Fifth Estater

Engineering a New TV Model

An entrepreneurial life led ‘brilliant technologist’ to Aereo 8/06/2012 12:01:00 AM Eastern

Chet Kanojia

Title:

Founder and CEO, Aereo

Education:

B.S., National Institute of Technology, Bhopal, India, 1991

Masters in Computer Systems Engineering, Northeastern University, 1993

PhD candidate, Northeastern, 1994-1996

Employment Highlights:

Trainee, Falcon Cement, Saudi Arabia, 1993-94

Staff Engineer, Product Genesis, 1996-99

Founder/CEO, Random Design, 1999-2000

Founder/ CEO, Navic Networks, 1999-2008

Current position since fall 2010

Personal:

b. June 10, 1969; wife, Tracie Longman; children: Ethan, 11; Lily, 9

Chet Kanojia, founder/CEO of Aereo, the TV streaming
start-up, is an engineer and entrepreneur who says
that disruptive technology will eventually mean more
opportunity for both viewers and content companies.

Those who know Kanojia were not
surprised that his controversial business
survived a challenge from broadcasters
in court last month that might have shut
it down. “His level of preparedness is the
most important thing to pay attention
to,” says Shana Fisher,
managing partner of
High Line Venture Partners,
an early investor
in Aereo. Not only were
Kanojia’s legal ducks in
a row, but “every duck,”
Fisher says. “Try to dig a
duck out of the row. It’s
not going to happen.”

Kanojia was born in
Bhopal, India, a city
known for the 1984 gas
leak at a Union Carbide
plant that led to 3,000
deaths. Kanojia, who wasn’t injured,
recalls spending weeks volunteering in
hospitals. “As the magnitude of the disaster
unfolded, even to the young mind it
was pretty shocking stuff,” he says.

He studied mechanical engineering
and, after a stint at his family’s concrete
business, came to the U.S. and got his
master’s in computer systems. He planned
to become a professor, but dropped that
notion when he heard only a fraction of
his time would be spent teaching.

Kanojia says he’s always been entrepreneurial;
he earned money by building
and selling speakers and writing and
licensing software. After working with
a product development consultancy, he
struck out on his own, launching Random
Design, which made productivity
software for lawyers.

But his real interest was the new world
of devices hooked up to the Internet. He
knew the cable industry needed systems
to manage traffic, collect data and support
other products, including video on
demand. He visited Leo
Hindery, who was about
to leave AT&T; Hindery
hooked him up with
CTO Tony Werner, who
gave Kanojia a few settop
boxes to play with
and a development contract
for a new company,
Navic Networks. Kanojia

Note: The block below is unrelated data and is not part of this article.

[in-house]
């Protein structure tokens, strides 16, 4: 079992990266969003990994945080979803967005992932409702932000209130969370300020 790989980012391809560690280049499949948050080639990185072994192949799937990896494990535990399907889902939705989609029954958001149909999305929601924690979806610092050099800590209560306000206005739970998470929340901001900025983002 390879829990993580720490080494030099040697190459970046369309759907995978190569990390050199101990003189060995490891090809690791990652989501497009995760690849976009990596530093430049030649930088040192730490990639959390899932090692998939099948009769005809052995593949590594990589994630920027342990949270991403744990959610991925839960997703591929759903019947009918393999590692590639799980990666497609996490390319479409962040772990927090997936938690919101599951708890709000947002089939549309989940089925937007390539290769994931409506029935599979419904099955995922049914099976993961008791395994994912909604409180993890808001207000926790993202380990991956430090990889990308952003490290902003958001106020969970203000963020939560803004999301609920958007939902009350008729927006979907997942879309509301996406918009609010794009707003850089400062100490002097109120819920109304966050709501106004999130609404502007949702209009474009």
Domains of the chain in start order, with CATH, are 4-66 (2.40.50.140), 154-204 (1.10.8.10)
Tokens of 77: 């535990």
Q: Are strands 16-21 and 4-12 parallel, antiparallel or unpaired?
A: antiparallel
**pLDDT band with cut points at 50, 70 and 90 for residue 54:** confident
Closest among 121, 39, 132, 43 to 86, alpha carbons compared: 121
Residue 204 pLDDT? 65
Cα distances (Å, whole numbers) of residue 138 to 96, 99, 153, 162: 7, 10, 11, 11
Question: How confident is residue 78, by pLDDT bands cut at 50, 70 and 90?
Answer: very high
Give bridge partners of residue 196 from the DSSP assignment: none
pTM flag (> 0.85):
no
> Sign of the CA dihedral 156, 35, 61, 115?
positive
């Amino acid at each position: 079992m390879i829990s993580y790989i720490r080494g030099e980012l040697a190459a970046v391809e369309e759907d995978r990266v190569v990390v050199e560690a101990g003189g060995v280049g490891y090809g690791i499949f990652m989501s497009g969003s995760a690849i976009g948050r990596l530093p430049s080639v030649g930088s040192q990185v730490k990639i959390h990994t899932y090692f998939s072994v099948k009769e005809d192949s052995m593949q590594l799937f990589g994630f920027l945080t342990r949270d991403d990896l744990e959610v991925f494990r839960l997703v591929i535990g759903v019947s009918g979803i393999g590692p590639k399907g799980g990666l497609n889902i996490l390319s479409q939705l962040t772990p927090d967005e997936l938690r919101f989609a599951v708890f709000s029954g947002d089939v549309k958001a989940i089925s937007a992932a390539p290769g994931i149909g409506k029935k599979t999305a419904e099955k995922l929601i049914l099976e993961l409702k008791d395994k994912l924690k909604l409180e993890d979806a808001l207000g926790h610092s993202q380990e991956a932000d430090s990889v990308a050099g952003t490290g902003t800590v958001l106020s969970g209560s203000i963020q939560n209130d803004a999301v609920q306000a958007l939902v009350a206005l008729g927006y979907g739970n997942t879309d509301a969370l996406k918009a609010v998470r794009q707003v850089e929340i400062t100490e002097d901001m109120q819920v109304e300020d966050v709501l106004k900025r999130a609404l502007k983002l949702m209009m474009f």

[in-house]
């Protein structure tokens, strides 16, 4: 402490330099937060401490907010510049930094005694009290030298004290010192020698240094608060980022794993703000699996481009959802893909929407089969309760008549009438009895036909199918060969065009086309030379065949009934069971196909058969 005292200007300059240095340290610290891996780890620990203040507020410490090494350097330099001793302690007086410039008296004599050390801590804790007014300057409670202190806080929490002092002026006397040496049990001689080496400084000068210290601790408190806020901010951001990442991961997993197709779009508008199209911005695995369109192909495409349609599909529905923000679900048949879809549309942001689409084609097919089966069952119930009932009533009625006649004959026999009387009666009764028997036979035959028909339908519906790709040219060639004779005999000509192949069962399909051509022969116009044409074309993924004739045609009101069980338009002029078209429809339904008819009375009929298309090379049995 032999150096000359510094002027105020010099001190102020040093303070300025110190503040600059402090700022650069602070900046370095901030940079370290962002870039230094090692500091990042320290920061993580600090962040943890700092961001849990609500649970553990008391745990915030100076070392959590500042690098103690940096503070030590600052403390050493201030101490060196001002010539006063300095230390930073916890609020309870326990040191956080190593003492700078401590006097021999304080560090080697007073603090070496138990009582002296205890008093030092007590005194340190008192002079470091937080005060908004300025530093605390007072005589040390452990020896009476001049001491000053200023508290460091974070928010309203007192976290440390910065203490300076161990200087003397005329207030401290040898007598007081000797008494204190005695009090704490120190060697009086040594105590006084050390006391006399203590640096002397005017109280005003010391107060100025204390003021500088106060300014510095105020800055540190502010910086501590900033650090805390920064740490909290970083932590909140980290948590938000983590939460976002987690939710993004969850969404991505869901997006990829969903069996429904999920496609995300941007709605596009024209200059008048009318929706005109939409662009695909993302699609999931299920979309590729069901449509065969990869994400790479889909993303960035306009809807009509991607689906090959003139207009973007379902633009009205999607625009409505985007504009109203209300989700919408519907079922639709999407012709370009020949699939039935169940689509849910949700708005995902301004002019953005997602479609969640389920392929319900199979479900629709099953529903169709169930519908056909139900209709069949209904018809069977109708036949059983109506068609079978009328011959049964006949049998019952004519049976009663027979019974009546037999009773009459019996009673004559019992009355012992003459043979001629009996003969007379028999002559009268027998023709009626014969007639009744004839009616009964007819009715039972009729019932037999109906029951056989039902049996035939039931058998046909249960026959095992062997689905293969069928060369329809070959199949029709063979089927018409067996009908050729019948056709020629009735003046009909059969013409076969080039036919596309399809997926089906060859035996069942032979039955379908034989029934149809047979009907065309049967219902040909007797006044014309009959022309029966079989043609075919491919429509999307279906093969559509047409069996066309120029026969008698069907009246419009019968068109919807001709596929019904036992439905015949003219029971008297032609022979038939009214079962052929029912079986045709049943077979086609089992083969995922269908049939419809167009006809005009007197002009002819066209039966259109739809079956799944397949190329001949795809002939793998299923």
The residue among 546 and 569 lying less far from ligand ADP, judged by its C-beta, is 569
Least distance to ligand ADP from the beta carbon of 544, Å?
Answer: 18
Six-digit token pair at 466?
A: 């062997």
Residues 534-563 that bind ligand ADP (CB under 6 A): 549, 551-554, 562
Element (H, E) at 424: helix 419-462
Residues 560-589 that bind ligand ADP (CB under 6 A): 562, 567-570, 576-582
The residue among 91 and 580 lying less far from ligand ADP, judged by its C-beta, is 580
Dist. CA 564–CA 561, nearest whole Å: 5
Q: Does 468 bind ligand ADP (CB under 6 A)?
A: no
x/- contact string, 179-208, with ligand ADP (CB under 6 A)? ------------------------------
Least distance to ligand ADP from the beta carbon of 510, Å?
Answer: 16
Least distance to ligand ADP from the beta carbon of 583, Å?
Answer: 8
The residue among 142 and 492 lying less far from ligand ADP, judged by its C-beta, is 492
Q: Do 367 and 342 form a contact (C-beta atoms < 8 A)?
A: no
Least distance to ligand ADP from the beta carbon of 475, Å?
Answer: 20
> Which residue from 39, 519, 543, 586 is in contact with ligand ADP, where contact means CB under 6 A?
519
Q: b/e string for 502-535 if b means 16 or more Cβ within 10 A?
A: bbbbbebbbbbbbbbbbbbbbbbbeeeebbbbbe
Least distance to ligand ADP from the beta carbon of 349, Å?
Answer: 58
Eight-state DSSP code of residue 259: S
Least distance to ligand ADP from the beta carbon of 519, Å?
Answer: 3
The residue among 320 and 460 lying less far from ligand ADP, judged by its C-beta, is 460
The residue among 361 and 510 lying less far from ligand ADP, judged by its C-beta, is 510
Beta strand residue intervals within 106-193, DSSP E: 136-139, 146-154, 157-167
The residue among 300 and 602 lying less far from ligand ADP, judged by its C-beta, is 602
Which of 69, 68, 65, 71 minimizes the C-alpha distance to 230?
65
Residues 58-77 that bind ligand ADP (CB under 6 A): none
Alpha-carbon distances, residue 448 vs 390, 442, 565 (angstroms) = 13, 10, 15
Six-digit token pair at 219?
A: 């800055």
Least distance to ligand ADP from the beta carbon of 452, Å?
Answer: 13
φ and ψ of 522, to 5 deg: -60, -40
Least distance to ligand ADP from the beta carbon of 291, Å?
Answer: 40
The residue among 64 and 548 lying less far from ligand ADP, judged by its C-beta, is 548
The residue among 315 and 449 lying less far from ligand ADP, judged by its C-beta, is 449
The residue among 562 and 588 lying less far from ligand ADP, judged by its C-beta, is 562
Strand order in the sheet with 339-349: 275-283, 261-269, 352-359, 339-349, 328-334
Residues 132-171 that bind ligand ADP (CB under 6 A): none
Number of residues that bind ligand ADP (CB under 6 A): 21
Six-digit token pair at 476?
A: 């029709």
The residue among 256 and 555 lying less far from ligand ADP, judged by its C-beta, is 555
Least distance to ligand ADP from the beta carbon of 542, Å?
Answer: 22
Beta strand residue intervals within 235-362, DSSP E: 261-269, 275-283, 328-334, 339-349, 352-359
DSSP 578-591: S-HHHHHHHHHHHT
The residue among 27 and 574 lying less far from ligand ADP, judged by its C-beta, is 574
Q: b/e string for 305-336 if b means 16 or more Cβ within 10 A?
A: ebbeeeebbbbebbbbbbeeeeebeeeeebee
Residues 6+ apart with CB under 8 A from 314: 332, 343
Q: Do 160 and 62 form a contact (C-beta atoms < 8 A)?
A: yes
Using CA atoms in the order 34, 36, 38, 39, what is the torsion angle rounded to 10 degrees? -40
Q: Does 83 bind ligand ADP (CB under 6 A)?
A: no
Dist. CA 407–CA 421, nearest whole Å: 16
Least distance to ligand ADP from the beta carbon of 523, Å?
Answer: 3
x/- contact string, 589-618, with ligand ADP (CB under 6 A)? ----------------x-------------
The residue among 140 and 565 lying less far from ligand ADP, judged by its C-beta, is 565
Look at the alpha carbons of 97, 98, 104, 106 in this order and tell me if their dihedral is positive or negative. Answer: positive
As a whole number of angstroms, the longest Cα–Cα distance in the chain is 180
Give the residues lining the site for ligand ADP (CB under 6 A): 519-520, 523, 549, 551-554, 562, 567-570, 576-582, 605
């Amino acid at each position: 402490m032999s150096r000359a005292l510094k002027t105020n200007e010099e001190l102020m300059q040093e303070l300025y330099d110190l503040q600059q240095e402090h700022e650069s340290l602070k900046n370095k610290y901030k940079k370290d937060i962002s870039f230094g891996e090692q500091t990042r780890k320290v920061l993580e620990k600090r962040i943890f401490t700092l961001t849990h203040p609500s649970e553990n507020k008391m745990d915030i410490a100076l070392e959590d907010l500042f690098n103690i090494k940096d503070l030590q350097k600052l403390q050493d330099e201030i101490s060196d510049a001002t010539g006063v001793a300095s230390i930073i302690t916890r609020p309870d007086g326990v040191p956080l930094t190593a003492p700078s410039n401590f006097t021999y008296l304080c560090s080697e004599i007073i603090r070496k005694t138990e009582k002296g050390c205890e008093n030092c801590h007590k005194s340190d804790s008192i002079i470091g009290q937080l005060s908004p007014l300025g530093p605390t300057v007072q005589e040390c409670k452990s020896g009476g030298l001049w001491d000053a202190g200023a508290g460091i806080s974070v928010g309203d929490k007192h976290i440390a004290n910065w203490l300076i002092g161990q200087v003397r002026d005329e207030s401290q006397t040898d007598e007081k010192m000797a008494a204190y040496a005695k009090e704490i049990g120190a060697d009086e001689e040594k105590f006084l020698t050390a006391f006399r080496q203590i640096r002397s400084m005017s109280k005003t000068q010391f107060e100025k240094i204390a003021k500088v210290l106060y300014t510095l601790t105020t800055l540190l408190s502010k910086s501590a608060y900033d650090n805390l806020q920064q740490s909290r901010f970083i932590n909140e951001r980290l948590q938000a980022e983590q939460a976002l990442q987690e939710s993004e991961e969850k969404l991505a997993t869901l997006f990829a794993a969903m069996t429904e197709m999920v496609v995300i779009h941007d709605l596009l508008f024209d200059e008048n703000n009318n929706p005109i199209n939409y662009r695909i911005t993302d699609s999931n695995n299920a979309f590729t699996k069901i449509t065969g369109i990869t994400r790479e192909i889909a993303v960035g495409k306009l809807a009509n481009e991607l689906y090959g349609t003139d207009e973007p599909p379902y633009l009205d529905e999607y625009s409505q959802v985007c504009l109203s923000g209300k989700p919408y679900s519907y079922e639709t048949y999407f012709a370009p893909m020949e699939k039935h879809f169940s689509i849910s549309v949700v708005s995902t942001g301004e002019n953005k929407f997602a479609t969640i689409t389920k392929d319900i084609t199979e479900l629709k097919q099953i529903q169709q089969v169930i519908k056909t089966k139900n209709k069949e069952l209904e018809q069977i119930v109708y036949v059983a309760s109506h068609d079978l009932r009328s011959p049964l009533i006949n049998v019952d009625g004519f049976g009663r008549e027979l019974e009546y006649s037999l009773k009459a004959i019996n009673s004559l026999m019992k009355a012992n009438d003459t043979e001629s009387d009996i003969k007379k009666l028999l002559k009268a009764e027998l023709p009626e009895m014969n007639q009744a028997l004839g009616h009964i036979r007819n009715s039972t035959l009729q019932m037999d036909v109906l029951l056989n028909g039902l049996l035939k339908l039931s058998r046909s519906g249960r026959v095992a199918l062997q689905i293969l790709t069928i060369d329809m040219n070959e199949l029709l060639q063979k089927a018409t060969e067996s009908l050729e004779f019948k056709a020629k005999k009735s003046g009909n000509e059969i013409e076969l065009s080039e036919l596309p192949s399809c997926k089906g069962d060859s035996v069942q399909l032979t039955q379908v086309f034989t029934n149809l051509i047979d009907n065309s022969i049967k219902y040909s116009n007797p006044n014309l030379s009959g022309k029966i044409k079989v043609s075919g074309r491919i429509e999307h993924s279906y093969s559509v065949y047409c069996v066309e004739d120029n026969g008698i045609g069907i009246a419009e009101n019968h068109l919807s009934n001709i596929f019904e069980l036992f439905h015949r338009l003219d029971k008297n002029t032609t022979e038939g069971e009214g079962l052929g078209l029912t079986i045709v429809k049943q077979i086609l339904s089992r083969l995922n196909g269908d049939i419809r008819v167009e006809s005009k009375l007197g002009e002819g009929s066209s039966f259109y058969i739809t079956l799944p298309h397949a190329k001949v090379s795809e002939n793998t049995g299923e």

got to know the cable
industry and collected
advice from some of its
top minds.

“Chet is a brilliant
technologist” with “an ability to think
strategically about the future [and]
people skills that allow him to build an
effective network by working well with
others,” says Nomi Bergman, president
of Bright House Networks. “Chet had a
vision for the value of interactive television,
and the power of our viewership
data, long before cable MSOs realized
there were opportunities in the space.”

When Navic waded into advanced
advertising, it became a takeover target;
in 2008, the company was acquired by
Microsoft for more than $200 million.

Kanojia says the idea for Aereo had
been bubbling in his head for a while.
He thinks that about 20% of consumers
might be happy with a broadband
service that provided the broadcast networks,
plus library programming from
the likes of iTunes, Hulu and Netflix.

“The question became how do you
solve access to broadcast,” he says. An
answer came when Cablevision Systems
won its network DVR lawsuit. “If
the network DVR was legal, why not
a DVR coupled with a network antenna?”
Kanojia asks.

High Line’s Fisher decided to invest in
Kanojia’s “crazy” idea during a 15-minute
lunch. “He gives you an incredible
amount of con! dence he’s going to get
whatever he is doing done,” she says.

Fisher introduced Kanojia to her
old boss, IAC CEO Barry Diller, who
provided later financing. “Barry likes
people who are extremely prepared,
extremely smart, specialists in their areas,
very strategic and very hard working,”
Fisher says. “Chet works as hard
as if this was his first start-up.”

Moving swiftly from prototype to commercial
rollout in a year, Aereo provides
subscribers with individual, dime-sized
antennas at its facilities and transmits the
broadcast signal to them over broadband
without paying the retrans fees cable operators
pay. Understandably, broadcasters
have objected to this, but Kanojia
contends that “everybody in the entire
food chain is better served when there is
growth. We need new people, younger
people; bringing people who are averse
to the traditional cable bundle into the
[TV-watching] fold is a good thing.”

With Aereo currently having the
blessing of the court, Kanojia plans to
expand from Apple’s iO to other platforms
and move into markets beyond
New York. “We haven’t even marketed
the product,” he says.

E-mail comments to jlafayette@nbmedia.com
and follow him on Twitter: @jlafayette

Chet Kanojia

Title:

Founder and CEO, Aereo

Education:

B.S., National Institute of Technology, Bhopal, India, 1991

Masters in Computer Systems Engineering, Northeastern University, 1993

PhD candidate, Northeastern, 1994-1996

Employment Highlights:

Trainee, Falcon Cement, Saudi Arabia, 1993-94

Staff Engineer, Product Genesis, 1996-99

Founder/CEO, Random Design, 1999-2000

Founder/ CEO, Navic Networks, 1999-2008

Current position since fall 2010

Personal:

b. June 10, 1969; wife, Tracie Longman; children: Ethan, 11; Lily, 9

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